What is the role of pet fur aeroallergens in the etiology of allergic diseases?

Updated: Jul 07, 2019
  • Author: Bhumika Patel, MD; Chief Editor: Michael A Kaliner, MD  more...
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Furry pets include, for example, cats does, rodents, ferrets and rabbits. In the United States, 62% of households have one or more domestic pet. [15] The two most common animals are cat and dog; thus, these animals are major contributors to indoor allergen exposure. Cases of sensitization and allergy to rabbit, gerbil, hamster, ferret and other animals are also described in the literature. For this reason, it is imporant to elicit an adequate pet history. [97, 99]

Of the households with a cat, 17% of the individuals who live with them are sensitized based on a positive skin prick test to cat extract. However, only 5% of dog owners have a positive skin prick test to dog extract. [16]   In a study by Arbes et al, all sampled homes in the United States, even those that have never had an animal in the house, contain dog allergen and most contain cat allergen. [17] Furthermore, most homes contain levels that excede the proposed levels for both sensitization and exacerbation of asthma symptoms.

Felis domesticus (Fel d 1), the major cat allergen, is produced primarily in the sebaceous glands and is secreted onto the skin and fur. [18] This allergen also is present in the salivary glands; thus, cats add additional allergen to their fur when they clean themselves. The allergen is carried on small particles and remains airborne for long periods. Thus, decreased ventilation in the home leads to increased levels of cat allergen. Unlike dust mite allergen, cat allergen can be found even at high levels on the walls and other surfaces within the home. [19] The major dog allergens, Canis familiaris 1 (Can f 1) and Canis familiaris 2 (Can f 2), have physical properties similar to those of cat allergens. A truly hypoallergenic cat has not been produced, as published in the lay literature.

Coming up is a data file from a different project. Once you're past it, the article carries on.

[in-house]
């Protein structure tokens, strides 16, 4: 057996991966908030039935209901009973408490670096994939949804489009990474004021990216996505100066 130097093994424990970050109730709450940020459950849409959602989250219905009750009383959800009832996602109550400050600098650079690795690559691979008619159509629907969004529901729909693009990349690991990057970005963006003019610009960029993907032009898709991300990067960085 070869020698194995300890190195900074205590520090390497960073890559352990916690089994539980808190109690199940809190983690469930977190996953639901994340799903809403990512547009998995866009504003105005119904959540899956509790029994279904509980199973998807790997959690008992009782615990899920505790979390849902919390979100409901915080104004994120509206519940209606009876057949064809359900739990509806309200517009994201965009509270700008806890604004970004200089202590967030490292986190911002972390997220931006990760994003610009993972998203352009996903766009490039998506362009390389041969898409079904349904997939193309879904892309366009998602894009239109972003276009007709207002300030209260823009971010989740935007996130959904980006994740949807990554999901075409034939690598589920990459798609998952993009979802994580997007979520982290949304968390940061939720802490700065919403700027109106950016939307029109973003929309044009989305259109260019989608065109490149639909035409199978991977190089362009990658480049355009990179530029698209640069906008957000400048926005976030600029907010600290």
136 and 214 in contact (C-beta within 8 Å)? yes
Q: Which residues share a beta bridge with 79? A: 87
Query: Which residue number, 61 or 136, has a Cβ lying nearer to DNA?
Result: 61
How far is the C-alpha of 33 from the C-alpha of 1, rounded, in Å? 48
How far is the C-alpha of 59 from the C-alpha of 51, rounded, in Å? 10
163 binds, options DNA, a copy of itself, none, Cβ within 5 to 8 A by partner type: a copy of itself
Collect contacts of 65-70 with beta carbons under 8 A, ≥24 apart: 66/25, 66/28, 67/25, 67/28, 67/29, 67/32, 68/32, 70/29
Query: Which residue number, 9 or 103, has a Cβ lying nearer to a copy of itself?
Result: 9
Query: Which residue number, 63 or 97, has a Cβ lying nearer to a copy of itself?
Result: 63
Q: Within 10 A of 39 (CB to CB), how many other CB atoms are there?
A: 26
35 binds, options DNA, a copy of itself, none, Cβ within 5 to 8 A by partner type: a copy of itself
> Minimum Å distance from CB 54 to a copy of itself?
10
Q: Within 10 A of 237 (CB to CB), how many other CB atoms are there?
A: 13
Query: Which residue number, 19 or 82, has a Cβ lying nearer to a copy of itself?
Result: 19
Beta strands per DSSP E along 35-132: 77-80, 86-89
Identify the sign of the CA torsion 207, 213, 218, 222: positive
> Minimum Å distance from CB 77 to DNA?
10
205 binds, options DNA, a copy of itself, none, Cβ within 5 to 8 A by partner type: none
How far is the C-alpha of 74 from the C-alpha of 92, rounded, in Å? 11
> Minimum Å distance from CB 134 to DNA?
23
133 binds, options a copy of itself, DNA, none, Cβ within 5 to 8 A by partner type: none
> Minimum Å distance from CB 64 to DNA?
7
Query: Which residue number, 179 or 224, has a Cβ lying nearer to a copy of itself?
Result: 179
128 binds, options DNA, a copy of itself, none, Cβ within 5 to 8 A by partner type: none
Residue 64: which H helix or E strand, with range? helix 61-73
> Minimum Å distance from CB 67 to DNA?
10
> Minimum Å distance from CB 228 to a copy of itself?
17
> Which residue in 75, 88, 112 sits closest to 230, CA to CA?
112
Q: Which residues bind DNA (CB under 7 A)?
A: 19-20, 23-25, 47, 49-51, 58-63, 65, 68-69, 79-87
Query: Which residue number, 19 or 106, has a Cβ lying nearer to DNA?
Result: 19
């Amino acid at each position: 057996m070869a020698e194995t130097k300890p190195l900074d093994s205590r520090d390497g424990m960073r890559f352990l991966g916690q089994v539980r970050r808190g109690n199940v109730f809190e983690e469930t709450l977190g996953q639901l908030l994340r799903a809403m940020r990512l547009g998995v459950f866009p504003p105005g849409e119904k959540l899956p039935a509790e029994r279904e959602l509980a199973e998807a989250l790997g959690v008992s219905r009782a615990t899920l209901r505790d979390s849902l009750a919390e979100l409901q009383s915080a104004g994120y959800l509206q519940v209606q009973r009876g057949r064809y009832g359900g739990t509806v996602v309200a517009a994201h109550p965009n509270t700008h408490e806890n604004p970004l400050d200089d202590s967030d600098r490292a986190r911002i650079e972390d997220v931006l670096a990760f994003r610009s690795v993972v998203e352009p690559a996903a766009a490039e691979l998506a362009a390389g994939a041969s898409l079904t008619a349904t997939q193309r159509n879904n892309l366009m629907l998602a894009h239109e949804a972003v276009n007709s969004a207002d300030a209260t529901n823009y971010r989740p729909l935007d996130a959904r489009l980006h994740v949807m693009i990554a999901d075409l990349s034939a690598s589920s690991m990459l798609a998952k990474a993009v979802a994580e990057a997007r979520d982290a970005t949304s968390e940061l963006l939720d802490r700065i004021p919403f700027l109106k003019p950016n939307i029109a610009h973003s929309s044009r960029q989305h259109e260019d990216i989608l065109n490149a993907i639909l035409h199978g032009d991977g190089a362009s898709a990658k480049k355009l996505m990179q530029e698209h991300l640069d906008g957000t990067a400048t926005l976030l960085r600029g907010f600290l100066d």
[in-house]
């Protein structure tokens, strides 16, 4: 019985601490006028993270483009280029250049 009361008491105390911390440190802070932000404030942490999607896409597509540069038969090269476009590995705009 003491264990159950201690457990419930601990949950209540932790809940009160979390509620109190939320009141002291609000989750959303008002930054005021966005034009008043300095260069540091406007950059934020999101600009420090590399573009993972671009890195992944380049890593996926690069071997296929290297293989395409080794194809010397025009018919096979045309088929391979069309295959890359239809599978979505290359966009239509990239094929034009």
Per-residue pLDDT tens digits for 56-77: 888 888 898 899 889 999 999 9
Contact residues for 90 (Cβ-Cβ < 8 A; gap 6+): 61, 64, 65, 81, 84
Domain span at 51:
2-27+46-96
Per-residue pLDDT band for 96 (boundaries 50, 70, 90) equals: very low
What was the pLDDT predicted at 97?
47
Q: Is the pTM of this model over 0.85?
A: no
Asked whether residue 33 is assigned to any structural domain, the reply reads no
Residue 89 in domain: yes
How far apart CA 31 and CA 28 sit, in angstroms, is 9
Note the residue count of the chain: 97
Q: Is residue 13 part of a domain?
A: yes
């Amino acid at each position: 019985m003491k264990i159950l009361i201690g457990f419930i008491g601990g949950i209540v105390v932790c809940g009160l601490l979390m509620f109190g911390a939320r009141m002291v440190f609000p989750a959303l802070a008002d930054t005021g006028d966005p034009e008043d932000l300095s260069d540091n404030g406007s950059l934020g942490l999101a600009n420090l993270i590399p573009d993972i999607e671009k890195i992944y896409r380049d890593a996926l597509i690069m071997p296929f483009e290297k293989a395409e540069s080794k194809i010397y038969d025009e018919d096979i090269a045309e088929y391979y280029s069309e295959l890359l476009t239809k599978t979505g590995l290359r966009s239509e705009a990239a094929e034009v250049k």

An article by Vredegoor et al demonstrates that Can f 1 levels are significantly higher in hair and coat samples in dog breeds referred to as hypoallergenic; that is, they are no less allergenic than any other dogs. Although some variations exist in other characteristics, such as whether a dog was bathed, no measured parameters significantly influenced the conclusions of the study. [20, 21] These data are confirmed by another study by Nicholas CE et al, which indicates that there is no evidence for differential shedding of allergens by dogs grouped as hypoallergenic. [22]

The amount of exposure to an animal allergen necessary to cause sensitization is controversial. The proposed threshold level for sensitization to cat allergen is 1 µg of Fel d 1 per gram of dust, and the level to cause symptoms in susceptible individuals with asthma is 8 µg of Fel d 1 per gram of dust. For dog allergen, the proposed levels for sensitization and exacerbation are greater than 2 and 10 µg/g of Can f 1 per gram, respectively. However, lower levels are reported to be associated with sensitization. Observational studies suggest that high exposure to cat and dog allergen early in life is associated with a decreased risk of pet allergy. [23, 24] However, an earlier study suggests that the opposite is true. [25]

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